By Matt Citak
The Indianapolis Colts entered the 2017 NFL season expecting their franchise quarterback, Andrew Luck, to be under center at some point during the season. That is not the case. Luck was unable to recover from offseason shoulder surgery and was placed on IR last month. Knowing they may be without their star quarterback for a while, Indianapolis traded for Jacoby Brissett right before the regular season. Brissett has appeared in all 12 games this year, starting in 11 of them, and has done a decent job filling in for Luck, especially considering he arrived in Indianapolis just days before the season started.
Brissett has completed 60.4 percent of his passes for 2,542 yards, 10 touchdowns, and seven interceptions this season. The second-year quarterback out of NC State has led Indianapolis to a 3-9 record, due in large part to the overall struggles of the Colts offense. Indianapolis enters Week 14 ranked 27th in total yards per game (296.0), 28th in passing yards per game (196.9), 24th in rushing yards per game (99.1) and 28th in points per game (17.1). The Colts have also surrendered a league-high 51 sacks this year, nine more than the next highest total. However Brissett has an opportunity to improve on those numbers this week, as the Colts will travel to Buffalo to take on the struggling Bills at New Era Field.
The Bills are no strangers to quarterback issues. Tyrod Taylor started the first nine games of the season for Buffalo, but was benched in favor of rookie QB Nathan Peterman for the Bills' Week 11 matchup against the Los Angeles Chargers. Peterman completed just 6-of-14 passes for 66 yards, zero touchdowns, and five interceptions in the first half, marking the worst quarterback debut in NFL history.
Taylor regained his starting role for Week 12, and helped lead the Bills to a 16-10 win over the Kansas City Chiefs. But the 28-year-old QB suffered a knee injury during Buffalo's Week 13 loss to the New England Patriots, and may not return to the field in time for Sunday's matchup. Bills head coach, Sean McDermott, said this week that Taylor would start at quarterback when he's healthy enough to play. But with the veteran still not practicing, it's looking more and more likely that the rookie Peterman will get his second career start this week.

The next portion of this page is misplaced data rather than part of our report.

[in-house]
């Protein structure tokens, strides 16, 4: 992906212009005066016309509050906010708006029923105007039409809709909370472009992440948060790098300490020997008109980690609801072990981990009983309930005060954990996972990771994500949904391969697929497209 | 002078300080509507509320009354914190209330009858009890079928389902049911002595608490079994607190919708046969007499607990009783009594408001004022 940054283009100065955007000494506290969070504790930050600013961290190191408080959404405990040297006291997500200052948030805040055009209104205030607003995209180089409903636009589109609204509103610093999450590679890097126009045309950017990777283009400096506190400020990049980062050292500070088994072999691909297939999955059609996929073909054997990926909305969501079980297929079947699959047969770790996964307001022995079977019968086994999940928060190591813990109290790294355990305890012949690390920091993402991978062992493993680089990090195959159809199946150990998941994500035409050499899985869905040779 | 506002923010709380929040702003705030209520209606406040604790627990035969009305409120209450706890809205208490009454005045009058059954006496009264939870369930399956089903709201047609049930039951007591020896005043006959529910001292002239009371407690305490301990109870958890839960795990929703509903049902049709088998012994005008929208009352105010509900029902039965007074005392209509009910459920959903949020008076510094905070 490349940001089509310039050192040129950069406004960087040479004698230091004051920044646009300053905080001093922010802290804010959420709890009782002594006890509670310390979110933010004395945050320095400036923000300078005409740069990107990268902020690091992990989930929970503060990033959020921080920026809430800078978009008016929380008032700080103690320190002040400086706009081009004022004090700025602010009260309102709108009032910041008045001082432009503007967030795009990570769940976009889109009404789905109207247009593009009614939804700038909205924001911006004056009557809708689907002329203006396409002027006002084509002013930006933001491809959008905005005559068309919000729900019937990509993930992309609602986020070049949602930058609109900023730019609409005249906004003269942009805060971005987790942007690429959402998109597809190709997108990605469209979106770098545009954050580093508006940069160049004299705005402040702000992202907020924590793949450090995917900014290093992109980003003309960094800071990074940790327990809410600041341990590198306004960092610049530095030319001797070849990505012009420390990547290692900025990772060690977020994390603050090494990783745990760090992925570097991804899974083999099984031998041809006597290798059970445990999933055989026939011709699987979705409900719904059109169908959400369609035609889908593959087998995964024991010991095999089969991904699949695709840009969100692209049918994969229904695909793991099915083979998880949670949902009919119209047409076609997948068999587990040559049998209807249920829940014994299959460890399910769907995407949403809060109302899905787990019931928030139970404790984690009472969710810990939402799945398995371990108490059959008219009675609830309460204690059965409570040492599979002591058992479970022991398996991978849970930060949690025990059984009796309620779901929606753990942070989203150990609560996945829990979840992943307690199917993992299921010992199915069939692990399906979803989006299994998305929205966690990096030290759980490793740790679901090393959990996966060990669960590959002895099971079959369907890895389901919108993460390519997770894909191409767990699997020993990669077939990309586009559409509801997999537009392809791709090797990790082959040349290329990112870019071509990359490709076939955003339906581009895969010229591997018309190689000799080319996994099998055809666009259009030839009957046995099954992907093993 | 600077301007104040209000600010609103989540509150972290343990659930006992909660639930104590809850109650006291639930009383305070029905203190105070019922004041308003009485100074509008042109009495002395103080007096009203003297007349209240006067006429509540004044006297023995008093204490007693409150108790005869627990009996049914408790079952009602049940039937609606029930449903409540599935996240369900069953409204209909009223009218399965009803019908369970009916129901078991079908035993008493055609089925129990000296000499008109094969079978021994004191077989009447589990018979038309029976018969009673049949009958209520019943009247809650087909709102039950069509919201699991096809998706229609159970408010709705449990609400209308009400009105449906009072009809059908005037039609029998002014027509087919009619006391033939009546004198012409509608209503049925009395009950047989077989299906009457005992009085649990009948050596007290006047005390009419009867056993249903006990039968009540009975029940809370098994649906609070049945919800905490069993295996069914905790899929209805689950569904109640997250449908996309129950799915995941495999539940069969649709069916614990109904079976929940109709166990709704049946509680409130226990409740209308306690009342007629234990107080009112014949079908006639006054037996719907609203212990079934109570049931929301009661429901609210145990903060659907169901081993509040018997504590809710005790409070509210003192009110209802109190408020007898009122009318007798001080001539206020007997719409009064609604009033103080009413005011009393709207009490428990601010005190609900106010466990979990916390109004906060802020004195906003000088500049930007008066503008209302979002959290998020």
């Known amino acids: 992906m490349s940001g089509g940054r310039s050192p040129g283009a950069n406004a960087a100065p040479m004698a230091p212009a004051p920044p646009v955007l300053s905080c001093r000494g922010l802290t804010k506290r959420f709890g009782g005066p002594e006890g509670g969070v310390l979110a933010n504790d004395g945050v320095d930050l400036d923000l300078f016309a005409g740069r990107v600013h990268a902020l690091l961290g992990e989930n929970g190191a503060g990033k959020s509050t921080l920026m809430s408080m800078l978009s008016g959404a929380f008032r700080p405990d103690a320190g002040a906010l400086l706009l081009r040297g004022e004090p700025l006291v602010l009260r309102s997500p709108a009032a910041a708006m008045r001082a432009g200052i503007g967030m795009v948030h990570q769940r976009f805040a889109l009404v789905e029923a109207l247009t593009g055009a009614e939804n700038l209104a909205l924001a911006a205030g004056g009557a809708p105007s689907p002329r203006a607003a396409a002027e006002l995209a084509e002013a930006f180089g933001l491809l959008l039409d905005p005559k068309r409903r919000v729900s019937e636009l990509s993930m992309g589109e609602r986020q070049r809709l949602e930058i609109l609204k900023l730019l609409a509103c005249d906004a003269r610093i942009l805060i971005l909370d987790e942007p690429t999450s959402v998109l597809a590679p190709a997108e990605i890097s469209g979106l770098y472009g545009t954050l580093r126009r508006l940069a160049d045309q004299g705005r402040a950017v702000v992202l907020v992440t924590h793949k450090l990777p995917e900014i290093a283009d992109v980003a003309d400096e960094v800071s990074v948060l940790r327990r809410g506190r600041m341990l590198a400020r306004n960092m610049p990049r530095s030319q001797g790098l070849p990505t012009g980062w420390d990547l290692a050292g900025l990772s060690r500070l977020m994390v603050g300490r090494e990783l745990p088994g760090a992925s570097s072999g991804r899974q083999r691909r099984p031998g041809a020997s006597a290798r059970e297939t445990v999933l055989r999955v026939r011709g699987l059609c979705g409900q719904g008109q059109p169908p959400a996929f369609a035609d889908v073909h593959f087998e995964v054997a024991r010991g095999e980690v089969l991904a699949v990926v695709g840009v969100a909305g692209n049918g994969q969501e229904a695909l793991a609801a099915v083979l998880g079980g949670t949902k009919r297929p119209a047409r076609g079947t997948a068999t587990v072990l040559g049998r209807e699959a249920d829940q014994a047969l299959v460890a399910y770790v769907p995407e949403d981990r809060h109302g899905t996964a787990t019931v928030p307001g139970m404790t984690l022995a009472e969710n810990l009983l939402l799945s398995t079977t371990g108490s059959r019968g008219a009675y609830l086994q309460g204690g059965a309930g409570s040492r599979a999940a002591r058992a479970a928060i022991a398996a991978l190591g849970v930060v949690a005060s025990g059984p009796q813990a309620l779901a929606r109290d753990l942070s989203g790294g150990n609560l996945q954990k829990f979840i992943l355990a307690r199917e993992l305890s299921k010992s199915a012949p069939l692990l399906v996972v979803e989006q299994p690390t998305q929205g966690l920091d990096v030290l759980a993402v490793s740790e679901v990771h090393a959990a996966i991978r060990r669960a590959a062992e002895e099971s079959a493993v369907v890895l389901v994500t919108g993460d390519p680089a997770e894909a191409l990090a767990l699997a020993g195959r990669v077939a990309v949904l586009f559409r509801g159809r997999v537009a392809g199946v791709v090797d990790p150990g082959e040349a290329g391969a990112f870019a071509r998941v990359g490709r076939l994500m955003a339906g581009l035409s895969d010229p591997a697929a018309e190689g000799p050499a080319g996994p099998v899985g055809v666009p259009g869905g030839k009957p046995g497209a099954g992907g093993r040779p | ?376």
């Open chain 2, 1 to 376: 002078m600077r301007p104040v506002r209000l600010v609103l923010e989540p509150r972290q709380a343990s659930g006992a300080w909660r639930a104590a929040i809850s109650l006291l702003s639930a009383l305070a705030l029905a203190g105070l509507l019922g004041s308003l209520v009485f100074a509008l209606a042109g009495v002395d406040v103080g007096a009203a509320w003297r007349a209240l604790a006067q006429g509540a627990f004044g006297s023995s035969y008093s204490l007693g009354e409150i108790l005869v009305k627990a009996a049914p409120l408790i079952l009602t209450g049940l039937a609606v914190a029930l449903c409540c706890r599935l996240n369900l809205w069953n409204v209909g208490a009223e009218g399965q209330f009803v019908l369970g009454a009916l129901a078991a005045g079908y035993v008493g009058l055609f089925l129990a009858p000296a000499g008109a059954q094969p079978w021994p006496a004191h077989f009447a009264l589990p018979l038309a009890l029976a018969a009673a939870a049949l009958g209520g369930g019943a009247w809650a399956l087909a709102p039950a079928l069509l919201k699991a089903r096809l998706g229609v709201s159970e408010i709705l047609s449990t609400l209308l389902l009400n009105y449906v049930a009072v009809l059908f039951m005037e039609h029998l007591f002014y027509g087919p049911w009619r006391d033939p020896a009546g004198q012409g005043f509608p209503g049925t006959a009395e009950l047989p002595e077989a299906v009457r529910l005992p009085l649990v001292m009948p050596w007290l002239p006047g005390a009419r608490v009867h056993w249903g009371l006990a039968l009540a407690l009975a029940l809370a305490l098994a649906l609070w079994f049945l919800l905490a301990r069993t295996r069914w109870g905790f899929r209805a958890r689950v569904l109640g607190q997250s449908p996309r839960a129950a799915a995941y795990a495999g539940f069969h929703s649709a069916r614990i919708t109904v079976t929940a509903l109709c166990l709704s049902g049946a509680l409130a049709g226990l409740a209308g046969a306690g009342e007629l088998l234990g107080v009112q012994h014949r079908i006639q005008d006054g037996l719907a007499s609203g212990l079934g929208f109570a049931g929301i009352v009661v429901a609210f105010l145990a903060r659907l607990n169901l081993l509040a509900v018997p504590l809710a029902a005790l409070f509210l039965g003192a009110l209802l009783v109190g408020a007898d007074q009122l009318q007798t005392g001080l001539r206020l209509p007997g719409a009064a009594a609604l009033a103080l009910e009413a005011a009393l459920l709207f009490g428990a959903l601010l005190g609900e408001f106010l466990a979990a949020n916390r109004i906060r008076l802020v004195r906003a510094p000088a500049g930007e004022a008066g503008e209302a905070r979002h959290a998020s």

THE NFL ON CBS's Steve Tasker weighed in on this week's Colts-Bills matchup, which he will be calling alongside play-by-play announcer Spero Dedes and analyst Adam Archuleta, as well as other upcoming NFL ON CBS action in Week 14.
Indianapolis Colts vs. Buffalo Bills - 1:00 PM ET Sunday - CBS
CBS Local Sports: If Tyrod Taylor is unable to go this week, Nathan Peterman will get his second career start. What changes will the Bills and Sean McDermott make from the rookie's dreadful first start in Week 11?
Steve Tasker: They are going to emphasize getting the ball out of his hands. He played a little bit better when he came into the game in relief of Tyrod Taylor against the Patriots. But he didn't come in until the end of the game during garbage time, so it was a little easier for him. That may give him a little bit of confidence. But one thing you can bet they'll do is find a way to protect him better. He's a young quarterback. Protection is absolutely critical. The run game has always been an emphasis for the Bills. But in this game, they have to not only try to run the football, but also make sure he knows and is confident in his pass protection so the ball can come out on time. They need to stay away from five-to-seven-step drops and get the ball out.
When he got off to a rocky start early against the Chargers, it shook his confidence. He got to a point where he thought he was going to have to make up for some of the stuff that happened to him earlier. He has to get over that and remember that if he just plays and gets the ball out of his hands and to the guys on his team, then he'll be fine. The pass protection is the crucial element that may have been missing against the Chargers in his first start. If the protection is better, he'll play better.
CBS Local Sports: With all of the uncertainty surrounding Andrew Luck and his shoulder, has Jacoby Brissett shown enough this season to be considered a possible long-term solution at quarterback, should Luck be unable to return?
Steve Tasker: Jacoby Brissett is a backup quarterback who got forced into service. Given the state of the quarterback position in the NFL, he may be a better option than some guys who are playing for teams now. There's no question that he extended his career. But he isn't going to come in and take Andrew Luck's job. Certainly if Luck's shoulder injury turns out to be career-ending, they won't go any place other than Jacoby Brissett for the time being. But that doesn't preclude them from getting another quarterback to come in and compete for the job. Jacoby Brissett is improving. He's done a lot of good things that he wasn't able to do early on. He's getting the ball out better now.